CFIB pleased with moves to improve interprovincial trade but continued leadership is crucial | CFIB
Toronto, December 5, 2018 –The Canadian Federation of Independent Business (CFIB) is encouraged by recent updates from federal and provincial governments on progress made to remove interprovincial trade barriers experienced by small businesses.
“It takes a lot of work for the federal, provincial, and territorial governments to reach these types of agreements but, given the competitive nature of the global economy, it is important work which is vital for our economic future,” said Erin McGrath-Gaudet, CFIB’s director of intergovernmental policy. “We are very pleased to see concrete improvements starting to roll out from the different levels of government.”
Removing barriers to the movement of goods and services across Canada is a top priority for CFIB which applauded the signing of the Canadian Free Trade Agreement last summer. Further to that agreement, provinces and territories have announced they will recognize common standards for some health and safety equipment, allow wide-base single tires on major roads, and build a new multi-jurisdictional system for corporate registrations by 2020. These changes are in addition to commitments from the federal government last week to modernize and amend some of its own regulations around food labeling, meat inspection, and energy efficiency standards for appliances.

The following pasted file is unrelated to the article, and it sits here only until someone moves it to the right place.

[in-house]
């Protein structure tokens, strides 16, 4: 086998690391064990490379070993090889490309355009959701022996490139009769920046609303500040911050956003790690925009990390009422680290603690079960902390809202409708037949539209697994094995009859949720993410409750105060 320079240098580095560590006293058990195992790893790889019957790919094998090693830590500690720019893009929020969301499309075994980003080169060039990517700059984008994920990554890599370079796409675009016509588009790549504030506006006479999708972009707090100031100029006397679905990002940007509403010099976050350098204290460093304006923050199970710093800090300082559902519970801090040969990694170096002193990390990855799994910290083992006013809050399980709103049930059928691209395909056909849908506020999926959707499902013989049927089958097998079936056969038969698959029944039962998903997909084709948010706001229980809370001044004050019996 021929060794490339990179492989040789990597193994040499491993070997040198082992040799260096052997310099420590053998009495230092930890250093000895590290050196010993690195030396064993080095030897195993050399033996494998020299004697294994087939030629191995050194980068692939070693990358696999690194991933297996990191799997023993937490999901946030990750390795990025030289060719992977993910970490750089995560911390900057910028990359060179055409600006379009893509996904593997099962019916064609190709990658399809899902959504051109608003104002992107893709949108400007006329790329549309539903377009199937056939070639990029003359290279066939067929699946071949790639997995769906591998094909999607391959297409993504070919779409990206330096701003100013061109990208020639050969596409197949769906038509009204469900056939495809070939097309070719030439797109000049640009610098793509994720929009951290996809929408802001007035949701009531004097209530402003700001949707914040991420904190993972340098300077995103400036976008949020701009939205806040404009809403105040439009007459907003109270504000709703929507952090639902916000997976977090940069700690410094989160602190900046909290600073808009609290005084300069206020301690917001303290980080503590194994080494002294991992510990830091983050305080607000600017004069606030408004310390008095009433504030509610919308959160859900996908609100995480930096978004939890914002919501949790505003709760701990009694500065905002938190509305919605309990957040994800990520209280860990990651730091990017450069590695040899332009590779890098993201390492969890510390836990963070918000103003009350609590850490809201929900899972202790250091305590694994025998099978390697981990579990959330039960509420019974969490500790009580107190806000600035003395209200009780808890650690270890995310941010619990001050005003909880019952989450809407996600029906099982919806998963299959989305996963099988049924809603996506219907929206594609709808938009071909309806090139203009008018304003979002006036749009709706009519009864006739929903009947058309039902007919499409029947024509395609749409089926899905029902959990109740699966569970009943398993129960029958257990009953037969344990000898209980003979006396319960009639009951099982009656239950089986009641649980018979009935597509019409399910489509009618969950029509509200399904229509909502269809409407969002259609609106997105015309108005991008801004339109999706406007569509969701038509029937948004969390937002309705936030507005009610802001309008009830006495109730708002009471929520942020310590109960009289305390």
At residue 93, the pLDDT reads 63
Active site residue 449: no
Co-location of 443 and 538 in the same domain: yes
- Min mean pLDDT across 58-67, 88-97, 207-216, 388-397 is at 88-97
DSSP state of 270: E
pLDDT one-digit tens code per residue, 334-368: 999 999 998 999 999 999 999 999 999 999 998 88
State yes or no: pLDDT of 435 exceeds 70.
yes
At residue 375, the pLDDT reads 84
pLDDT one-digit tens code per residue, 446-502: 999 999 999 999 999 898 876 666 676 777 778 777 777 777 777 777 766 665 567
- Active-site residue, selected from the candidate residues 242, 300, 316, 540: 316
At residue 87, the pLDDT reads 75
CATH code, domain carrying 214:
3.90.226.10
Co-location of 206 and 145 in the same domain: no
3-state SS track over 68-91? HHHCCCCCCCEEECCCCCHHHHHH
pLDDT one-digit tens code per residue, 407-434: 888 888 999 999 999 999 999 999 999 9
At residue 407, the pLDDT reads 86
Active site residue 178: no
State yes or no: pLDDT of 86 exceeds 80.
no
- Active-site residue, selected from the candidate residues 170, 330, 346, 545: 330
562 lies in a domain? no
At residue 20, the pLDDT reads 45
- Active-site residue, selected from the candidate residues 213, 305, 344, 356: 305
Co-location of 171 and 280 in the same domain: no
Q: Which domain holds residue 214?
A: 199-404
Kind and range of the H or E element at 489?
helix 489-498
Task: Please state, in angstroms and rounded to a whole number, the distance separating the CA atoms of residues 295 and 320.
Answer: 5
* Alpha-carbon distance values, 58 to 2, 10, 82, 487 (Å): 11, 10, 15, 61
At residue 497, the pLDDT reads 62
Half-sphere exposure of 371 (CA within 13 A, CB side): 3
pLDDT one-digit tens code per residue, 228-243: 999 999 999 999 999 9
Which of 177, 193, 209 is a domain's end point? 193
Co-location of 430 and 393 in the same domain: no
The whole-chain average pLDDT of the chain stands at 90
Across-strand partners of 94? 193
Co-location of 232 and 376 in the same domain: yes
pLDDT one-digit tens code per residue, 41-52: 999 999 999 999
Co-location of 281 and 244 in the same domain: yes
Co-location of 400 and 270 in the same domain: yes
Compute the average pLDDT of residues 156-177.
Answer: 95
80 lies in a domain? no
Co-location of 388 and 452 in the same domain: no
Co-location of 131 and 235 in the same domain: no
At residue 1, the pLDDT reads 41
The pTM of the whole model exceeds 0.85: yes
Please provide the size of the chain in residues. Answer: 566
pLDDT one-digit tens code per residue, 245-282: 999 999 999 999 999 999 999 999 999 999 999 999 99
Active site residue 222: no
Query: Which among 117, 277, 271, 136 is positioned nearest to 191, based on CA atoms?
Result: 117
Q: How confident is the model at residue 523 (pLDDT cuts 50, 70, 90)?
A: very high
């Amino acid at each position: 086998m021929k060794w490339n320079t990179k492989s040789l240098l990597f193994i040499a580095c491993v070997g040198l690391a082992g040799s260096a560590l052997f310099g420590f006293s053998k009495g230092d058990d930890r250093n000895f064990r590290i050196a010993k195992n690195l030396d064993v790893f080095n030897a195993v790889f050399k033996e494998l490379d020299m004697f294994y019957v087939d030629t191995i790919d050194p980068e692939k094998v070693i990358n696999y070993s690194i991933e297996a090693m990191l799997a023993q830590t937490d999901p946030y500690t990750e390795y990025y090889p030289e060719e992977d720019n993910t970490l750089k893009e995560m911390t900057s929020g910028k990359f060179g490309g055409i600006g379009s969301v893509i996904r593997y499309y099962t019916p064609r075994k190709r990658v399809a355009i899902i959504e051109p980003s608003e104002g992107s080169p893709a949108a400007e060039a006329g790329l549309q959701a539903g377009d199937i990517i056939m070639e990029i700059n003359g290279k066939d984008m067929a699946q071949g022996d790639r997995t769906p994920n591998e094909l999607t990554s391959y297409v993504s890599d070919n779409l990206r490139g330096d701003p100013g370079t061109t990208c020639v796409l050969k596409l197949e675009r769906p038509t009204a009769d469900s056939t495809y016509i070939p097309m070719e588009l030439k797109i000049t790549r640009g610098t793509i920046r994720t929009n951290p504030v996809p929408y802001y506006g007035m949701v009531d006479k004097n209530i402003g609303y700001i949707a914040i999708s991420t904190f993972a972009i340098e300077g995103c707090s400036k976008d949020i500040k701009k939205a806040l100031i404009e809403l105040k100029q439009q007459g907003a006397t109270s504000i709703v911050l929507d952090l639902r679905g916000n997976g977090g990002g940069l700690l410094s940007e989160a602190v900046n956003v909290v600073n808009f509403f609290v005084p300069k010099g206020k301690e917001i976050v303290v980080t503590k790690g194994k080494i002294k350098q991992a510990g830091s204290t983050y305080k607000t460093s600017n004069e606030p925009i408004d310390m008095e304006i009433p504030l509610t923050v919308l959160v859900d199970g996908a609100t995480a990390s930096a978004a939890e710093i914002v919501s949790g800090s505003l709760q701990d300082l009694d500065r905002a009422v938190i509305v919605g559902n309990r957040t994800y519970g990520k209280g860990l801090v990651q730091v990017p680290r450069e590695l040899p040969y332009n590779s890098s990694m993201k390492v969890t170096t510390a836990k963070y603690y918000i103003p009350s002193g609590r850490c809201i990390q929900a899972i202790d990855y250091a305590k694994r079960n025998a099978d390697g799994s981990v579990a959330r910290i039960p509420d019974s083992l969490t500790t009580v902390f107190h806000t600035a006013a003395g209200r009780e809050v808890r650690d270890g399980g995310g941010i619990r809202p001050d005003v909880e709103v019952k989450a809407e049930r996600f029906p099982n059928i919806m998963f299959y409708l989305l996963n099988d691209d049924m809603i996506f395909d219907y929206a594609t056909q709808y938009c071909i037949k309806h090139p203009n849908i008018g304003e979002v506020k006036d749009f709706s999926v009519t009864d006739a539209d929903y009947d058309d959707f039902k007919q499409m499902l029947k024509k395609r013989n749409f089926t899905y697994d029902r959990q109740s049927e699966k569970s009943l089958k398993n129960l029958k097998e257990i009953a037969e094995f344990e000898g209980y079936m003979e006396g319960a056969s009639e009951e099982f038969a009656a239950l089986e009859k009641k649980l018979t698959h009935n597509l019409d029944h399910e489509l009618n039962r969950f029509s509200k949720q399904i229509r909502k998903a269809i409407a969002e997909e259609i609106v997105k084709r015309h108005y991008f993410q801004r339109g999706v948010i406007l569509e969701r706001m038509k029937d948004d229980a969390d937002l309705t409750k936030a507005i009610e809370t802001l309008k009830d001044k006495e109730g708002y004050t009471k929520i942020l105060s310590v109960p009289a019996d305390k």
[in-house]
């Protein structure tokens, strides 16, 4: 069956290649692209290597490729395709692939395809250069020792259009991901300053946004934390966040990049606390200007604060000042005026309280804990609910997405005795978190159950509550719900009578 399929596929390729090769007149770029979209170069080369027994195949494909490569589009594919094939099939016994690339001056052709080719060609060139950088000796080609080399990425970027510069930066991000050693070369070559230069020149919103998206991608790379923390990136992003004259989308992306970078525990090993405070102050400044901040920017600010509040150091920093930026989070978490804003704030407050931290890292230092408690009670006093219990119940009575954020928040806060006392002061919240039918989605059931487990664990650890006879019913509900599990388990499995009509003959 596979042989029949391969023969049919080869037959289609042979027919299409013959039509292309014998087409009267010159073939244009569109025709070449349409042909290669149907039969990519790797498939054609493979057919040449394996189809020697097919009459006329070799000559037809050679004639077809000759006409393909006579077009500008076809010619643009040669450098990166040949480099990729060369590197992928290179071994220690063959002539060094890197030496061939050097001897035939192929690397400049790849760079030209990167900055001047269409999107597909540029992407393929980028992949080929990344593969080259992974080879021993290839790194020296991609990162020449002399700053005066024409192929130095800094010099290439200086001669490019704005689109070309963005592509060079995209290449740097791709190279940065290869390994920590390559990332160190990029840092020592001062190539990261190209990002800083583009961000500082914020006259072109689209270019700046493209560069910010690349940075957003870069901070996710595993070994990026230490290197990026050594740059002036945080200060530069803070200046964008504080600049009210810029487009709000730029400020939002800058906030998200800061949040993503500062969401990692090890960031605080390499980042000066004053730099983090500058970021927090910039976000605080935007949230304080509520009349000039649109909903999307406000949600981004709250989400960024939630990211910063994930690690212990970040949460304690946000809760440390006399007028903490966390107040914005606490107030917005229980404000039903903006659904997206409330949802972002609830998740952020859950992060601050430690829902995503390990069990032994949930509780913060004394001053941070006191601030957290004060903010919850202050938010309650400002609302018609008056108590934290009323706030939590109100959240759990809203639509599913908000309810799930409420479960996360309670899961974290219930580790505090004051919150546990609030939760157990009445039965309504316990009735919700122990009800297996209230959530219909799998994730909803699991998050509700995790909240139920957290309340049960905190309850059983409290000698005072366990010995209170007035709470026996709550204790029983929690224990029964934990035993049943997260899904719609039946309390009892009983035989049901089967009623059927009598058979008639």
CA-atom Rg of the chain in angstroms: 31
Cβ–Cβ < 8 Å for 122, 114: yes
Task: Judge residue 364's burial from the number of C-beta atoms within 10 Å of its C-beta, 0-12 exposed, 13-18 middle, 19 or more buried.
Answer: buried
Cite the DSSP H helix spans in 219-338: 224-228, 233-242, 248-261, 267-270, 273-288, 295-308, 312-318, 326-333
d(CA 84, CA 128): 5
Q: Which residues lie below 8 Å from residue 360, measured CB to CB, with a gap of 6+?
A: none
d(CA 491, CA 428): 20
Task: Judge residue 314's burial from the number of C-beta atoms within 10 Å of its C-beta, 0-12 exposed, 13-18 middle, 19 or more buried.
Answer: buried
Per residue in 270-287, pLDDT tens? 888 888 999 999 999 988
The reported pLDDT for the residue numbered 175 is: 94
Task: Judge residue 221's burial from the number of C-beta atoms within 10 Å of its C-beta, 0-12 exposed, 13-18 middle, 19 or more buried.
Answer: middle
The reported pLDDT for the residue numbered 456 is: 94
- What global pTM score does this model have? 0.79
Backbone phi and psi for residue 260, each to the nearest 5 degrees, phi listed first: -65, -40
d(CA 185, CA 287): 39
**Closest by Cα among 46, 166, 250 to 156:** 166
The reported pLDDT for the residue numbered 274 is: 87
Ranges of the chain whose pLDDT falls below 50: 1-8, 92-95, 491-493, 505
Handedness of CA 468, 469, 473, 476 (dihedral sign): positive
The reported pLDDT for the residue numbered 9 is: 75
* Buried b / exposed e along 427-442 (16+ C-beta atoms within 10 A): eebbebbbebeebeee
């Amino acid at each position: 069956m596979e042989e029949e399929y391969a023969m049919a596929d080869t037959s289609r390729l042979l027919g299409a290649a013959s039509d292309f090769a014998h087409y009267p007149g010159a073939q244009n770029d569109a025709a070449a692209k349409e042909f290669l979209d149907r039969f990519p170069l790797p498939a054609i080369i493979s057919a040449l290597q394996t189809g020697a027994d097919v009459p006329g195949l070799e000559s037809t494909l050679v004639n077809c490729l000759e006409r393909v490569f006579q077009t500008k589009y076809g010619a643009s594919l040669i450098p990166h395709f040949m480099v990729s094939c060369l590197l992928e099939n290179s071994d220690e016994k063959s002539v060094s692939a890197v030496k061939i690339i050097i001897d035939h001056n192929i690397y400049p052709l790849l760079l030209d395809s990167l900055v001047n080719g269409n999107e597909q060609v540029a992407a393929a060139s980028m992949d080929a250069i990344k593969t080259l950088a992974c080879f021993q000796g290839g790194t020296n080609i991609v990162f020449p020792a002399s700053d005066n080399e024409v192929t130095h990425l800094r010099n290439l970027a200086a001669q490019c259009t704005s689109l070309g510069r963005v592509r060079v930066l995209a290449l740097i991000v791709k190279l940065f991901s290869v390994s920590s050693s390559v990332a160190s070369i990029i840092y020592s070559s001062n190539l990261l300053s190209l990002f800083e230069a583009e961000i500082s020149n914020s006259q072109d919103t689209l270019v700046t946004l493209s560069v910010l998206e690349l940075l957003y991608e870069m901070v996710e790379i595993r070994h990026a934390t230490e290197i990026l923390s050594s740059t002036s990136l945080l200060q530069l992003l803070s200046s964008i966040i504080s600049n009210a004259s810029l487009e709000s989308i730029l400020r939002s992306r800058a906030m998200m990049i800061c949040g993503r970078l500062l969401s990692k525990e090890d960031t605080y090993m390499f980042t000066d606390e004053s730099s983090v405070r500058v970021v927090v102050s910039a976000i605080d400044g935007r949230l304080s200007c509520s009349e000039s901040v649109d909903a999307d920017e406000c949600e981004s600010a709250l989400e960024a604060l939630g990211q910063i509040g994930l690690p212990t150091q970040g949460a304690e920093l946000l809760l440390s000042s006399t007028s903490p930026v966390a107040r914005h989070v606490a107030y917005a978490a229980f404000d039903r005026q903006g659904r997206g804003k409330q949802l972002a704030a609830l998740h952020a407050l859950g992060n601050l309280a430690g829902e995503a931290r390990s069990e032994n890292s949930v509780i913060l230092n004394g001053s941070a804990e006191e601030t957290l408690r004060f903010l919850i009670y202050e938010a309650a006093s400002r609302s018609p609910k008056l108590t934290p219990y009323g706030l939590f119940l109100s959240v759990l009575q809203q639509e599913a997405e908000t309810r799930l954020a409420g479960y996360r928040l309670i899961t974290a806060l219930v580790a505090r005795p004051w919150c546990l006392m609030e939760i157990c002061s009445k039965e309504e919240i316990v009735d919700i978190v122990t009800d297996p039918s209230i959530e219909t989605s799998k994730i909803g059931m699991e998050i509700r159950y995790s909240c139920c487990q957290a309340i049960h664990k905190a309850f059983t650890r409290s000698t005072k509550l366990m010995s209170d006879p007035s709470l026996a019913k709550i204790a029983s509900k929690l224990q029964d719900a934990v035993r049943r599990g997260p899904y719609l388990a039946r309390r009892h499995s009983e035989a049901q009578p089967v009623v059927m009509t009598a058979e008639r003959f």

“It may not seem like much to the average Canadian but for small businesses that want to sell their products and services in other provinces or territories, removing duplication and recognizing each other’s standards helps them save time and money,” added McGrath-Gaudet. “For Canadians, this means access to more goods and services and, ultimately, lower costs.”
With interprovincial trade on the agenda for the Prime Minister and Premiers when they meet in Montreal later this week, CFIB hopes they will build on this momentum to achieve concrete improvements for small businesses that operate in more than one province or territory.
“While these announcements are positive initial steps worth congratulating, we want our leaders to keep their foot on the gas. Unified leadership from the first ministers is important in order to bring interprovincial trade into the 21st century,” said McGrath-Gaudet.
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Milena Stanoeva, CFIB
The Canadian Federation of Independent Business (CFIB) is Canada’s largest association of small and medium-sized businesses with 110,000 members across every industry and region. CFIB is dedicated to increasing business owners’ chances of success by driving policy change at all levels of government, providing expert advice and tools, and negotiating exclusive savings. Learn more at cfib.ca.